-- And fully 10% hold in one hand, and tap with a finger, giving a totally different interaction.
Users are, in general, comfortable shifting their grip to get to whatever part of the screen you make them touch.
Don’t make assumptions about one type of user, or assume what is a popular device today will be important tomorrow. You will end up disregarding all others.
Design for every user, accept that users change their way of touching and holding, and plan for your design to work on any device.
Users, in general, for every portable touchscreen device, prefer to touch the center of the screen.
I recently confirmed this, and this is the actual data from a study I performed. These are the actual tap positions when users selected items from a full-screen scrolling list. They naturally moved the content to the position they could tap, then I recorded the position. This also reflects other data on tap accuracy and preference.
[CLICK] And when you account for content position and different devices, you find that most taps are in about the center half of the page.
If you wonder about tablets, they are surprisingly similar so that data is embedded into this data viz.
So, you might think that when you copy the UI for something like this, the key controls are the actions and input at the top and bottom of the viewport.
[CLICK] but in fact the primary content and interactive area is in the middle of the page. All these content-centric tools are already based around the user’s primary behavior of viewing and tapping the center of the viewport. The other functions are secondary options.
Even though it seems to be subconscious, or maybe learned, users prefer to touch the center of the page, and will do so when given a choice.
Place key actions in the middle half to 2/3rds of the screen, and place options, and secondary paths along the top and bottom of the screen.
Conveniently, this extends to viewing as well.
Follow the existing, reliable mobile pattern of list views, or grid views, and put your main content and interaction in the middle of the page.
Make sure menu bars, tabs, and status displays and action items on the top or bottom are secondary.
If you have content that scrolls, or takes up the whole page (and, of course, you all do), you need to make sure the bottom of your scrolling articles and forms are padded, so users can bring the last line of text, or that last field towards the middle of the page.
Otherwise, they will still try, and waste time then be that little-bit-more dissatisfied. And avoid this [CLICK] trendy way of showing pages that fit to the viewport, and snap to the page, so you can’t really scroll. People don’t read like that.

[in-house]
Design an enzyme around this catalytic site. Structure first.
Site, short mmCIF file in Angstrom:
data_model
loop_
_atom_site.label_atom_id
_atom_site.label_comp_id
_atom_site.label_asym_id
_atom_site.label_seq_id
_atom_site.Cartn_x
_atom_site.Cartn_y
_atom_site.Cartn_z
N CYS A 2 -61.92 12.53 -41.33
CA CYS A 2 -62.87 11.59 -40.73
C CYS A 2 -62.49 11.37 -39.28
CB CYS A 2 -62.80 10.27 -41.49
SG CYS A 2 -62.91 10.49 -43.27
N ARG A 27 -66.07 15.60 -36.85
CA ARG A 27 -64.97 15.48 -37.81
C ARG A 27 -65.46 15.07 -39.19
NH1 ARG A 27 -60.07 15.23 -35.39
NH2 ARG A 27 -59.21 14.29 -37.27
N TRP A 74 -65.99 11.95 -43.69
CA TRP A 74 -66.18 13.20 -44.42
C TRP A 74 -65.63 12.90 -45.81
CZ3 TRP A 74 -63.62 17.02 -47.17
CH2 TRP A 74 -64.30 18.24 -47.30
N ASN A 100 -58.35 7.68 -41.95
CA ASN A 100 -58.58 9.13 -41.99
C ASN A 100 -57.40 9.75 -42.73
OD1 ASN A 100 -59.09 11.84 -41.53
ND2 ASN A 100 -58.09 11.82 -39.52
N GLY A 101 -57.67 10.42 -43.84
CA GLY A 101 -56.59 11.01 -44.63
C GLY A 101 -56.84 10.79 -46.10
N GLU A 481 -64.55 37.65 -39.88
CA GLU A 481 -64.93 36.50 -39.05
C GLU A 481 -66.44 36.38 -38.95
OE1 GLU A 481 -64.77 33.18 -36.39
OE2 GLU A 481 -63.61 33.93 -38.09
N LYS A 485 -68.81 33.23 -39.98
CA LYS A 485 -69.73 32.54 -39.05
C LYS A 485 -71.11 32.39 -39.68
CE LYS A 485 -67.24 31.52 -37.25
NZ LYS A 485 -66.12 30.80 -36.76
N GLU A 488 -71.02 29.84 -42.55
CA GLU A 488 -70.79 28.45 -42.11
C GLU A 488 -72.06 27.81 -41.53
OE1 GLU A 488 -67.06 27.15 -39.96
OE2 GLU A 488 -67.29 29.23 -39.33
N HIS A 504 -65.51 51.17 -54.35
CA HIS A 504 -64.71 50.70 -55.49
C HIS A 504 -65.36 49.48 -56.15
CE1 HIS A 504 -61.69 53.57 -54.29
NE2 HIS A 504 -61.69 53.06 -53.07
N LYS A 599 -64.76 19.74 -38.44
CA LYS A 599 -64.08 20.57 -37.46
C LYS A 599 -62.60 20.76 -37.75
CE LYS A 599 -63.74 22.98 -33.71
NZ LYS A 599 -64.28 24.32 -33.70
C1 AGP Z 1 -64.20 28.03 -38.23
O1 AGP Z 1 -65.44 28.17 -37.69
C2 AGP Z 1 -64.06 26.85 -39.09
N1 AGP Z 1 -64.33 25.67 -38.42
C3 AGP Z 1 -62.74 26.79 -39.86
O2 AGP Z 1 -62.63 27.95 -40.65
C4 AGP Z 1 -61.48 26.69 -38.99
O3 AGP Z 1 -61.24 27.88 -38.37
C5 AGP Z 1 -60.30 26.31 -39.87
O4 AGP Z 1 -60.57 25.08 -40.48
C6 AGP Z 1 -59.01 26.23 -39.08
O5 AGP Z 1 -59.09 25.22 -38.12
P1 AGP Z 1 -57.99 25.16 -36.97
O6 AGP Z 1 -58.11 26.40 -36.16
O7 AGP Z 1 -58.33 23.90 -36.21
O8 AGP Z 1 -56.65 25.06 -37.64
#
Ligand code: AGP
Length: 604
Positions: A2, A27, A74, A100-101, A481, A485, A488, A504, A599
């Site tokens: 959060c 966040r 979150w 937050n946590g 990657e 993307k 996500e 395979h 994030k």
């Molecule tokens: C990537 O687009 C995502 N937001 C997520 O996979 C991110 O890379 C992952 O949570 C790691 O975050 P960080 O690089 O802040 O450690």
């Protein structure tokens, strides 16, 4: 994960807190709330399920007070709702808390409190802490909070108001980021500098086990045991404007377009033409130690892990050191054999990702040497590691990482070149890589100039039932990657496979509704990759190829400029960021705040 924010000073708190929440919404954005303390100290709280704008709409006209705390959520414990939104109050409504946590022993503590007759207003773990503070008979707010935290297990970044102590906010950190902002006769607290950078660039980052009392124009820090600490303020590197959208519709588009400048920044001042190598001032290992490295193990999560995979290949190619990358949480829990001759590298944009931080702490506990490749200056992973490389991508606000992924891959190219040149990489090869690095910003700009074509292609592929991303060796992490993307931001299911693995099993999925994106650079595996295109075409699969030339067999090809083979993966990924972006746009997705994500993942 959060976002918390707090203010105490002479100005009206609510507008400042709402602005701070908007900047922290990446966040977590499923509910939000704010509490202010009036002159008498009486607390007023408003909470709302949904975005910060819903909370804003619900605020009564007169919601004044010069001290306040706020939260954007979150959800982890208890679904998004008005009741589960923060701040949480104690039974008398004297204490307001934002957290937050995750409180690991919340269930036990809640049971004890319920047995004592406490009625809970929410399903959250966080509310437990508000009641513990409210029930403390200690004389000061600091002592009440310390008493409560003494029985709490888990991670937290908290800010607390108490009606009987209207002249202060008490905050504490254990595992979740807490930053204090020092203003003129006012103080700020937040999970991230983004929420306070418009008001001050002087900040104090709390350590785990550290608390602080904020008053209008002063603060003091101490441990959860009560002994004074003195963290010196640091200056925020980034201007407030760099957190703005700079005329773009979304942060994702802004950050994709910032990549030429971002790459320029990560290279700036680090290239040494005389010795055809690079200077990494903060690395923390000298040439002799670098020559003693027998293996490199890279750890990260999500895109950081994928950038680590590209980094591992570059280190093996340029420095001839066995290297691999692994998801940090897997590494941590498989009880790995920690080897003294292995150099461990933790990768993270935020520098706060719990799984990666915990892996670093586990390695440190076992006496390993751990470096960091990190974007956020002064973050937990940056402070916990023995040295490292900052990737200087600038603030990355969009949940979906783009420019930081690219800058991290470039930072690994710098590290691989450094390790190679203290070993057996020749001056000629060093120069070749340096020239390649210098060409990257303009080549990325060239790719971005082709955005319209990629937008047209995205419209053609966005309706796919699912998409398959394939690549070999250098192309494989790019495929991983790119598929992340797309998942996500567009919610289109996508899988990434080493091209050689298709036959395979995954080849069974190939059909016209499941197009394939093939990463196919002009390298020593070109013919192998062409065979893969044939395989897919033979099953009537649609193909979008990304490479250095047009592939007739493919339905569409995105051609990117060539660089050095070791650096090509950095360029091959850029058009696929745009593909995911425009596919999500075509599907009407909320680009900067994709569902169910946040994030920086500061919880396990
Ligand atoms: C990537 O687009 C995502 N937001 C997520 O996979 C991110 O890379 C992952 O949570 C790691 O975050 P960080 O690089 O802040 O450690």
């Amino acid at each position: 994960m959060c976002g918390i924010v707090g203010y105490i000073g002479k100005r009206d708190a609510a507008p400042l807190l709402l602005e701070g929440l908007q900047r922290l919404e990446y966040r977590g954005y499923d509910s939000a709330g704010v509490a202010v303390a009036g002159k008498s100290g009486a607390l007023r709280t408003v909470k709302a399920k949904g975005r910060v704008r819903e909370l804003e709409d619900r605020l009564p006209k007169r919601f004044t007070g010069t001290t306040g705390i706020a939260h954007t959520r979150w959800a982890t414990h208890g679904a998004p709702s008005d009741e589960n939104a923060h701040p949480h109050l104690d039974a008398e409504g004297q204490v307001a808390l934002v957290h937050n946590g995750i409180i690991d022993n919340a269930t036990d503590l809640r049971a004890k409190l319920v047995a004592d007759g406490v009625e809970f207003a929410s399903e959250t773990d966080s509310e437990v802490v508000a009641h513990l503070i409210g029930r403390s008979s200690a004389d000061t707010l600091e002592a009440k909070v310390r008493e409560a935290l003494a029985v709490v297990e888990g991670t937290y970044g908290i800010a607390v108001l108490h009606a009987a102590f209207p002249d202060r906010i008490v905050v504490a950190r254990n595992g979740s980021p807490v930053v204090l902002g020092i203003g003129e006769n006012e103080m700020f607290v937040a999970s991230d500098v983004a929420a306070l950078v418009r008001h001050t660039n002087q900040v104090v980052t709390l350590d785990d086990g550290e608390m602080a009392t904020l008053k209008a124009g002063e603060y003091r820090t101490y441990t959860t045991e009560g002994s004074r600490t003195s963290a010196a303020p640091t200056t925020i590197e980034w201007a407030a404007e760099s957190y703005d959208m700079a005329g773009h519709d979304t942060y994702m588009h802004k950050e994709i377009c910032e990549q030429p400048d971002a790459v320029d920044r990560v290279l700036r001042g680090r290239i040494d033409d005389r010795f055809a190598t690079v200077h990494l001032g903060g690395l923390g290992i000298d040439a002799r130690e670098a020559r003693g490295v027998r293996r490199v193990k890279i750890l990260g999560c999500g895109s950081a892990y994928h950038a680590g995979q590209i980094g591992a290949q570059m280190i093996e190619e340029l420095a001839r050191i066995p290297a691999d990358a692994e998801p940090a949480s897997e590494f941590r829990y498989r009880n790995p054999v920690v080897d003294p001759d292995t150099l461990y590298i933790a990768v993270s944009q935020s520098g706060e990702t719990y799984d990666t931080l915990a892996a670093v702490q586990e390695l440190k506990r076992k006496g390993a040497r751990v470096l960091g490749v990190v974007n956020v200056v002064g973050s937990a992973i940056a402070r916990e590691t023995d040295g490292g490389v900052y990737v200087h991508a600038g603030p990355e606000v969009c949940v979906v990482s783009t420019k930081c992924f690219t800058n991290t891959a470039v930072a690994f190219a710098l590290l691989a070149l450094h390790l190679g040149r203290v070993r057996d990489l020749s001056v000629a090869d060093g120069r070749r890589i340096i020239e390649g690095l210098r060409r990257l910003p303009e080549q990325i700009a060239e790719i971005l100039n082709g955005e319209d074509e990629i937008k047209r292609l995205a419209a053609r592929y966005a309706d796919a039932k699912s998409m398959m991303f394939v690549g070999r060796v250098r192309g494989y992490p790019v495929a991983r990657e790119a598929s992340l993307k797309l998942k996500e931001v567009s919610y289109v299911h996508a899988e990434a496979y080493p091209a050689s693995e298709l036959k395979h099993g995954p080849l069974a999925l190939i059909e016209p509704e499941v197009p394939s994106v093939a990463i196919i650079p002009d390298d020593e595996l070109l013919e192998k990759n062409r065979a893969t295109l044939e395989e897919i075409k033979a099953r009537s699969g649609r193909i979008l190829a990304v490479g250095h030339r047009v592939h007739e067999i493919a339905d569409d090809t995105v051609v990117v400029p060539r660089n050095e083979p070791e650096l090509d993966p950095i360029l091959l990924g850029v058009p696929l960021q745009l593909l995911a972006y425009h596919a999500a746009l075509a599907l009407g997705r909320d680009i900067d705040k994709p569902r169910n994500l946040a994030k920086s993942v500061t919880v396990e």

So even if you aren’t interacting with it, make sure key content is in the middle of the page.
Sometimes, this means providing extra room or other provisions to let users scroll longer content to the middle of the viewport.
I said earlier, briefly, finger size doesn’t matter. And it’s true, but only for touch target size, and touch accuracy.
But fingers are opaque. They get in the way.
This is anecdotal, but I have seen similar results on real projects.
When I updated to the new Twitter, I kept hitting [CLICK] the Add-person icon. Not just because I focused on the middle first, not just because that icon has got this very inviting “plus”…
But mostly because the compose area down here [CLICK] is obscured by my thumb as I naturally scroll through the content.
I simply missed it while glancing around at the actual tweets in the middle of the page.
So where ARE our fingers on the screen? Well, it depends on what we do and how we grasp. It is hard to say not to place items below, or to the side. You need to simply provide room.
Room to make sure that you can see the target, see the label, and see the clicked state when the target is selected.
[CLICK} When you click a whole row, and especially one multiple lines long like this, that works great [CLICK] Little icons like the retweet are too small, so the user can’t accurately target them, can’t confirm which one he selected, and can’t see that the selected state changed on tap so cannot be sure he tapped it at all.
In some contexts, we know even better what users do. For example, this is where people scroll. Interesting… but why those three distinct areas?
Because they have to do with what content is being displayed. Here, the content is a list with very small amounts of information, so there are large blank areas in the middle of the screen. The users prefer to touch… the center. Get used to that coming up over and over. All other things being equal, people want to touch and look at the center of the screen.
Yes, there are outliers and I included all data, but most users are gesturing in the middle.